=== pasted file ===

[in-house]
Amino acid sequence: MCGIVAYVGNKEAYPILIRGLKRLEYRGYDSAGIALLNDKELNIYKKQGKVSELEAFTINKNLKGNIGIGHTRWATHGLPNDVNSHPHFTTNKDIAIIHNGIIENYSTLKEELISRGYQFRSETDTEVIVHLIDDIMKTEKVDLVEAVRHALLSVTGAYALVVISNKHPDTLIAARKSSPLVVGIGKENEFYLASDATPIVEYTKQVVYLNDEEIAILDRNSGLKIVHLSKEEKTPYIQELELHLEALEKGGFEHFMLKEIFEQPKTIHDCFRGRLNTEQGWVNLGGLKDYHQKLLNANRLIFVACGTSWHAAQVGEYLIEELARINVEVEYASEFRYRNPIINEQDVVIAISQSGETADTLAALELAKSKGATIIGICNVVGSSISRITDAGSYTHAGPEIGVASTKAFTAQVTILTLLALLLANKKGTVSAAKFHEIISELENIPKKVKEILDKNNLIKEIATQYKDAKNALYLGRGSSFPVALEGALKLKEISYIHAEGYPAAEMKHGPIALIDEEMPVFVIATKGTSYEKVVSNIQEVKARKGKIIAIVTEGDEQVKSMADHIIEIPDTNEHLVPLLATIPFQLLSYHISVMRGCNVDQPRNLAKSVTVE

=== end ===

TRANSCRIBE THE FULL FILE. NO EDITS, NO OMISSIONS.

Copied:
[in-house]
Amino acid sequence: MCGIVAYVGNKEAYPILIRGLKRLEYRGYDSAGIALLNDKELNIYKKQGKVSELEAFTINKNLKGNIGIGHTRWATHGLPNDVNSHPHFTTNKDIAIIHNGIIENYSTLKEELISRGYQFRSETDTEVIVHLIDDIMKTEKVDLVEAVRHALLSVTGAYALVVISNKHPDTLIAARKSSPLVVGIGKENEFYLASDATPIVEYTKQVVYLNDEEIAILDRNSGLKIVHLSKEEKTPYIQELELHLEALEKGGFEHFMLKEIFEQPKTIHDCFRGRLNTEQGWVNLGGLKDYHQKLLNANRLIFVACGTSWHAAQVGEYLIEELARINVEVEYASEFRYRNPIINEQDVVIAISQSGETADTLAALELAKSKGATIIGICNVVGSSISRITDAGSYTHAGPEIGVASTKAFTAQVTILTLLALLLANKKGTVSAAKFHEIISELENIPKKVKEILDKNNLIKEIATQYKDAKNALYLGRGSSFPVALEGALKLKEISYIHAEGYPAAEMKHGPIALIDEEMPVFVIATKGTSYEKVVSNIQEVKARKGKIIAIVTEGDEQVKSMADHIIEIPDTNEHLVPLLATIPFQLLSYHISVMRGCNVDQPRNLAKSVTVE